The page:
A pandemic on this scale was something very few of us could have imagined a year ago. Of course, viral infections are nothing new, but we haven’t seen an outbreak on such a worldwide scale in our lifetimes. The overall death toll now sits at 1.08 million. Many governments are still struggling to overcome the virus and keep their people safe. Around the world, there have been debates about how best to tackle COVID-19. The world’s response to coronavirus has been varied. What has worked well? What has been less effective? We’ve obviously heard lots about the UK’s response to coronavirus, but today we’ll look at how some of our European neighbours have reacted.
Germany’s Response to Coronavirus
Total Cases: 326,000
Infection Rate: 11.6 per 100,000 people
Germany’s management of the pademic has been widely regarded as one of the best in the world. The government was swift to implement restrictions in late February and early March. The government banned mass gatherings and put travel restrictions in place. In mid-March, schools began to close. Shortly afterwards, there was a “contact ban” which encouraged people to maintain a 1.5 metre distance from one another.
All of these rules slowed the spread of the virus drastically. Polling indicates the public is supportive of the measures as Chancellor Angela Merkel’s ratings are “the highest of any politician”. Because of these restrictions, Germany came out of lockdown quickly. This in turn meant that the economy was not too heavily impacted. Germany is also continuing to offer a generous furlough scheme which is set to run until the end of 2021.
South Korea’s Response to Coronavirus
Total Cases: 24, 703
Infection Rate: 0.8 per 100,000 people
Evidently, South Korea responded quickly and efficiently to the pandemic. They were one of the first countries to be hit with the virus, yet their response to coronavirus saw infections drop quickly. South Korea reported no new COVID-19 cases by the end of April. They began mass testing and strict contact tracing. Within 2 weeks of the first reported case, they had testing kits rolled out.
South Korea has been critiqued for the way in which it traces infected people. They contact trace using surveillance and there have been reports of looking over bank and phone records. This has raised some issues over privacy, but for the most part, South Koreans agree that it is necessary to suppress the virus. Masks are mandatory and going out without one is virtually unheard of.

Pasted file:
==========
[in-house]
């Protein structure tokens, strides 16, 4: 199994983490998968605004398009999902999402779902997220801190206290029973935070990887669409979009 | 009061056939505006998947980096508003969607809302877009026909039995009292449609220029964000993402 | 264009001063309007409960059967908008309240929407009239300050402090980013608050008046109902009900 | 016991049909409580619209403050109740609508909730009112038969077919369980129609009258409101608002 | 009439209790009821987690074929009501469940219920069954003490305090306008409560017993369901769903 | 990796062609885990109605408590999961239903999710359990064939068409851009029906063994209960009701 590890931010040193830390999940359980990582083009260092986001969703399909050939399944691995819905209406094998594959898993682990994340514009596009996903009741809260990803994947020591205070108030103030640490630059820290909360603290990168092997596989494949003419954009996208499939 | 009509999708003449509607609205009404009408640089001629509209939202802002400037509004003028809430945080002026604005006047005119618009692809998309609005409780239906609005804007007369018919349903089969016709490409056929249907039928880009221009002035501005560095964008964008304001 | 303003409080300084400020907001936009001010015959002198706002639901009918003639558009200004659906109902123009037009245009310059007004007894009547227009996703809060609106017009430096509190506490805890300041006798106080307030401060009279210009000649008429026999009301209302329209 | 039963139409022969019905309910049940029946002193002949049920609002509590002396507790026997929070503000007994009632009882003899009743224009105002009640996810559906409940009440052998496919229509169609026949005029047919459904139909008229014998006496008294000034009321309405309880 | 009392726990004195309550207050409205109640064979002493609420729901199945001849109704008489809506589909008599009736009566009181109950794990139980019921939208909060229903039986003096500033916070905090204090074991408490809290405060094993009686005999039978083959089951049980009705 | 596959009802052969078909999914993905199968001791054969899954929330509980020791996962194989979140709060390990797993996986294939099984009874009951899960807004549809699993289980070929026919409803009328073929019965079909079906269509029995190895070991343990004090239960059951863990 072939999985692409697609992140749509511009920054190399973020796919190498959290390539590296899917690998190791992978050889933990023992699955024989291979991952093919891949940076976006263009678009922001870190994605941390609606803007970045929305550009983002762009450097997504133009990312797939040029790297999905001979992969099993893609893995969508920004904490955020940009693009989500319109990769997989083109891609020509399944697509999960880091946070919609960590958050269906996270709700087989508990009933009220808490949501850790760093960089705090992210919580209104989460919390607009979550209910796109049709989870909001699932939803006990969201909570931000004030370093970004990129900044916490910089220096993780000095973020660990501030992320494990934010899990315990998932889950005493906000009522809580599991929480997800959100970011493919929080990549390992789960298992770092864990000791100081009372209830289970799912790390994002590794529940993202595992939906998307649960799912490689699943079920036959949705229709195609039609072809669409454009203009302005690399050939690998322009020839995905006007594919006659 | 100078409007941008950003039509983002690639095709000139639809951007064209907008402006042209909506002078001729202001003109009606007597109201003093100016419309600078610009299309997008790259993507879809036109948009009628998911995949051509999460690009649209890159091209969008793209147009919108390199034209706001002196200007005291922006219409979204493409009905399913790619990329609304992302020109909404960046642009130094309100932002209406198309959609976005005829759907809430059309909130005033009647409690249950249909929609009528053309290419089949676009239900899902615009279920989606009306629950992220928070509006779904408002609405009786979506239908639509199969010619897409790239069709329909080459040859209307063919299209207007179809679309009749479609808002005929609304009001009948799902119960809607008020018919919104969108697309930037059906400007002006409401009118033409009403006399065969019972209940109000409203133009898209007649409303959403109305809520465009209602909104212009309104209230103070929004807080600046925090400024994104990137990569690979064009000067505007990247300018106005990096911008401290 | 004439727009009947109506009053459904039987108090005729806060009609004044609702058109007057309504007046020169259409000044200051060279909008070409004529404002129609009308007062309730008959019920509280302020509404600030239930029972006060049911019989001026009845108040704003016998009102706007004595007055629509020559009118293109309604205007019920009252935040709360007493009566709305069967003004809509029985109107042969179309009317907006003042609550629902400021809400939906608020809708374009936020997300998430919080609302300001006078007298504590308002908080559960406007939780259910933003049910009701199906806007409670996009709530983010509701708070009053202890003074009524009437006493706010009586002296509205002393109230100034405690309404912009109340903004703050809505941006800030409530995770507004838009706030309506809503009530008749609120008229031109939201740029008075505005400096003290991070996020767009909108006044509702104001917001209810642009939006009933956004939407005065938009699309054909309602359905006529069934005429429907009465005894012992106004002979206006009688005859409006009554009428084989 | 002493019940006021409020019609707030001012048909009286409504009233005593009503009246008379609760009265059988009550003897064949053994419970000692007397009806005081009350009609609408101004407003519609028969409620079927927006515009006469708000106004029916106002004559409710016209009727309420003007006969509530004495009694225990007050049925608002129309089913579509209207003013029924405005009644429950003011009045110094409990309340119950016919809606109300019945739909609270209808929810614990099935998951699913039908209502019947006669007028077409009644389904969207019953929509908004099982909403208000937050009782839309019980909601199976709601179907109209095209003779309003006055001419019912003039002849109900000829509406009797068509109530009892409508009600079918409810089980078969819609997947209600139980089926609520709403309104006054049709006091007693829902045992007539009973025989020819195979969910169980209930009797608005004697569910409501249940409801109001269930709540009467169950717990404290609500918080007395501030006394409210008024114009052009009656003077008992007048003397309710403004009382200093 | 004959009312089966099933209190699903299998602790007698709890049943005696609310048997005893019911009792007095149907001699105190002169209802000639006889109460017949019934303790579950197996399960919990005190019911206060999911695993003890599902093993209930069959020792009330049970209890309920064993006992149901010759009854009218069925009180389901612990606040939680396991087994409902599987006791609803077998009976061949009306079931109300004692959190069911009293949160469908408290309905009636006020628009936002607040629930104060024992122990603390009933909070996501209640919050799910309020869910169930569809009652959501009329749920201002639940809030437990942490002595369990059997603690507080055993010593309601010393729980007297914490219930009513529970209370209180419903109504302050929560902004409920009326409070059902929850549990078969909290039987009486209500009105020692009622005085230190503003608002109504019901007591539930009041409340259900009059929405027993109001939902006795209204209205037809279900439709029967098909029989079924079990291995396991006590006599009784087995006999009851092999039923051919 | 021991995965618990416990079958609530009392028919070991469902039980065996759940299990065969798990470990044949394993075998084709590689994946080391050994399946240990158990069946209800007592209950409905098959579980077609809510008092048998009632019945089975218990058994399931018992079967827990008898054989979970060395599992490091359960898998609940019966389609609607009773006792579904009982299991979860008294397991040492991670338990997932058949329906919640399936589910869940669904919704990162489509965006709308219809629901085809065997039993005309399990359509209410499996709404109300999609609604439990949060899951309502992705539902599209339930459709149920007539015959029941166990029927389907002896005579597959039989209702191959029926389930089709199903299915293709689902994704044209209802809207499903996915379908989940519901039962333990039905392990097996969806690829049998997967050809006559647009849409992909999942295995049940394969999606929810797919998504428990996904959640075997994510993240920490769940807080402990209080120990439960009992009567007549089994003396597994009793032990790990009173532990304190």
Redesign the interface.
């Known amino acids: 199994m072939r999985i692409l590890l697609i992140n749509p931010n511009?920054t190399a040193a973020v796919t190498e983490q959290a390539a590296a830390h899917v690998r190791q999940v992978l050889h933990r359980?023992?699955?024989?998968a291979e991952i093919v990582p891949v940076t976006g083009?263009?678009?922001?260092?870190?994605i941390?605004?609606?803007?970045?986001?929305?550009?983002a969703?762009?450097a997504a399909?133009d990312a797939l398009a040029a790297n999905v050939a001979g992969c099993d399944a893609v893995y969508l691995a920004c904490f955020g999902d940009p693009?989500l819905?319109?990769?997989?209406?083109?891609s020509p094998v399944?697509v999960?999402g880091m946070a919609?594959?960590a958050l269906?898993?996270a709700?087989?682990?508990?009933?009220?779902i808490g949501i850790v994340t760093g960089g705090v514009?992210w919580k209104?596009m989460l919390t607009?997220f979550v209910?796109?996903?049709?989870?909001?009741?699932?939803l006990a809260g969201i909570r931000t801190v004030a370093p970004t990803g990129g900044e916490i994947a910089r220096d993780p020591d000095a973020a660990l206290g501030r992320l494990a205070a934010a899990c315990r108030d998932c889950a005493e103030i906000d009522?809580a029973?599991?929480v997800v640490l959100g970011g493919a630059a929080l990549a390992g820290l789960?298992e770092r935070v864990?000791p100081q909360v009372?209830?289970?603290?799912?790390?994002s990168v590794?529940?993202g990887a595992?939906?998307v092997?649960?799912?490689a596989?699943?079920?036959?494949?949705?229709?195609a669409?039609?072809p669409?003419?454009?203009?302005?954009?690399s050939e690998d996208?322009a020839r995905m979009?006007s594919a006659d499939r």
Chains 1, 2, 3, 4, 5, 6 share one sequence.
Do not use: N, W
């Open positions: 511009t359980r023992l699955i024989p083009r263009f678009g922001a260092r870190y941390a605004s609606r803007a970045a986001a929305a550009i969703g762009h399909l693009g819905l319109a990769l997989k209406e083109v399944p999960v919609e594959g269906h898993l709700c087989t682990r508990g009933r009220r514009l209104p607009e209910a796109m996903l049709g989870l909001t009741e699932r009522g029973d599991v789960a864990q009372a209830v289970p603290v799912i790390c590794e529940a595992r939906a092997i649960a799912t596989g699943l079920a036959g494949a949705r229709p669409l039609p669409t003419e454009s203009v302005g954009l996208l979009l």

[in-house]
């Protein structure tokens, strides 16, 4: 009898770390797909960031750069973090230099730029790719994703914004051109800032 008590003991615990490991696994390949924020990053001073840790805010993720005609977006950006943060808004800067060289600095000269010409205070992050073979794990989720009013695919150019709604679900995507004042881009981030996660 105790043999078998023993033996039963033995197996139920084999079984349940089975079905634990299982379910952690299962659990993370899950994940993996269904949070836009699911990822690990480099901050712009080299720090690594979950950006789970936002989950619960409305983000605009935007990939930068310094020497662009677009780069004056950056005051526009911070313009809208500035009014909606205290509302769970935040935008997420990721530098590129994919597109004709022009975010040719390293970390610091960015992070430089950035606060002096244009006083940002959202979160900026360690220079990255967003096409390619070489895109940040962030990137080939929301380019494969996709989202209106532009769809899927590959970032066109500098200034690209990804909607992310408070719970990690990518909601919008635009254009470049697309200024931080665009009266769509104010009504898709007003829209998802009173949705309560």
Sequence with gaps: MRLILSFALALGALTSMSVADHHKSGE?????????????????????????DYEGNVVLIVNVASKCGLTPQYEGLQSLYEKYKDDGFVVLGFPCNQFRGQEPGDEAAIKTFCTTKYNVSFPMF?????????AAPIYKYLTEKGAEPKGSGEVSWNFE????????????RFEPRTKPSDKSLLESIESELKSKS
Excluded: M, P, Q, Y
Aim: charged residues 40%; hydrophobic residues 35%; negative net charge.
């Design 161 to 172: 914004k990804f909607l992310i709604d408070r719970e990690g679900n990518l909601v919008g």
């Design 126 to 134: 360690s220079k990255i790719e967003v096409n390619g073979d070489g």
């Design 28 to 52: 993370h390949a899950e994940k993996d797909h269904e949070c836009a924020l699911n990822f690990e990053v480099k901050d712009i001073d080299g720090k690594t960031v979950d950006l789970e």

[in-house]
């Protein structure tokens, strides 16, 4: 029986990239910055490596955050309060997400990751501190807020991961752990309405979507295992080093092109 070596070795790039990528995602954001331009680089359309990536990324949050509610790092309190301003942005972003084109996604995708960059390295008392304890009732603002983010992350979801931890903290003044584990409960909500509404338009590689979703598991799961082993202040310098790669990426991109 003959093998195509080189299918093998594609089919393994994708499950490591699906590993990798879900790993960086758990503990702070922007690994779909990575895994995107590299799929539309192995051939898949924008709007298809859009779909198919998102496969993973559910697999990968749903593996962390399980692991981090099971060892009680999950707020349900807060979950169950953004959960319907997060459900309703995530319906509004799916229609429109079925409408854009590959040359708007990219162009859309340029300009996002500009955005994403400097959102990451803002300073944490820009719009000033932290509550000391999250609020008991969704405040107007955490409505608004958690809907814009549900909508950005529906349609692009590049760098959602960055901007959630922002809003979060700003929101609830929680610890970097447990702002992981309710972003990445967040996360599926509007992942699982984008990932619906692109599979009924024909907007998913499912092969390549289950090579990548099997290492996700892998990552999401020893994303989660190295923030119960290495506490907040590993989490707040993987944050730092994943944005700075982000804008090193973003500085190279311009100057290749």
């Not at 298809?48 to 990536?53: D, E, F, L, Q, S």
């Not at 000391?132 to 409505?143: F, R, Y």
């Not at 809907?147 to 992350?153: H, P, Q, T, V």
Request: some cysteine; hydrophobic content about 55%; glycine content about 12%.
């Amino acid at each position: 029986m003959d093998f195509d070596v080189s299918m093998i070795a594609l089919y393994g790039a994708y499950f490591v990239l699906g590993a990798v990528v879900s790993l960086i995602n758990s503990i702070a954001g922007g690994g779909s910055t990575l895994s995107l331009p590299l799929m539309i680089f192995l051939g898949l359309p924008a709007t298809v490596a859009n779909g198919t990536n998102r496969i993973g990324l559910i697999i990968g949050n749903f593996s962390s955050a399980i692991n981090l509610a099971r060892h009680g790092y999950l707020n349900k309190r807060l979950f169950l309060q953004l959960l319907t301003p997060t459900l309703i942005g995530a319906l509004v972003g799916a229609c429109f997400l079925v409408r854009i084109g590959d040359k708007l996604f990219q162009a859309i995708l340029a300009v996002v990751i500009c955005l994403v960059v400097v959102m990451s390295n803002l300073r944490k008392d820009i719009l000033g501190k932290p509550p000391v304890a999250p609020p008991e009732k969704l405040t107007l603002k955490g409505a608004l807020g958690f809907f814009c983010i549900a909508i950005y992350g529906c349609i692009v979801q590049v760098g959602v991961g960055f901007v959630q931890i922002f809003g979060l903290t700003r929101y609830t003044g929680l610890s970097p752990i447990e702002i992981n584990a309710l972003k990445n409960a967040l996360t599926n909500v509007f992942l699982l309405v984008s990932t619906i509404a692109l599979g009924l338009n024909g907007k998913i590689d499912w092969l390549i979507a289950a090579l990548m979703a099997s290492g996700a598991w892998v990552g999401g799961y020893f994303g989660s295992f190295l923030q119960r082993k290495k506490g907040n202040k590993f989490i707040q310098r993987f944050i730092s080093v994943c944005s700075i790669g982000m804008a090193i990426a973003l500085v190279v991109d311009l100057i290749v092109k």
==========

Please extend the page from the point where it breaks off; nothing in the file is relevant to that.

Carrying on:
The government has done a great job with relaxing and restricting rules as appropriate. Schools opened in May but some were closed again as soon as local cases surged. Restaurants in the capital have a strict curfew of 9:00 pm but social distancing rules are down to their lowest level. With continual reviews and adjustments to the rules, life is almost back to normal in South Korea.
Spain’s Response to Coronavirus
Total Cases: 861,000
Infection Rate: 70.5 per 100,000 people
Spain has unfortunately been hit very hard by the virus. It currently has one of the highest infection rates in Europe. There are reasonable concerns around the lack of testing kit availability depending on which region in Spain you are in. The ministry for health has an app to track and trace Covid, but less than 10% of Spaniards have installed it on their phones.
They do have a generous furlough scheme which has been extended until January. Unfortunately, due to Spain’s deeply polarised political system, there have been clashes between national and regional governments. As a result, recent research by the National Statistics Institute found that 57% of Spanish citizens had little to no confidence in the government’s response to the crisis. They recently introduced emergency lockdown measures in the areas with the highest infection rates.
The Netherlands’ Response to Coronavirus
Total Cases: 181,000
Infection Rate: 38.4 per 100,000 people
Over the summer months, the Dutch government relaxed many of its tighter restrictions. Similar to the UK, the Netherlands was not well prepared for the second wave to come as quickly as it has. Tests are currently in short supply, as are staff to administer them. In March, the country put itself in what it dubbed an “intelligent lockdown“. It phased in wearing masks but the staggered rules appear to have impacted compliance.
However, it must be said that the Netherlands has one of the most generous economic packages. The government is supporting employees for up to 90% of their wages and providing some businesses with a £906 a month “gift”. Prime Minister Mark Rutte’s handling of the outbreak has nonetheless drawn criticism and public approval has taken a nosedive, going from 75% to as little as 65% in some cases.
Protecting Your Loved Ones During the Pandemic
Not being ale to visit loved ones is incredibly difficult, particularly when you know they are vulnerable. A Careline alarm will give you peace of mind that your loved one is protected in their home. If they ever need to call for help (after a fall, for example) they would simply need to press their Careline button. Our expert Care Team will answer the call in seconds and arrange help straight away.
Our Customer Service Team is available to answer any question you may have about a Careline alarm. To order your alarm, or for more information, call us now on 0800 101 3333. Alternatively, you can email us at firstname.lastname@example.org
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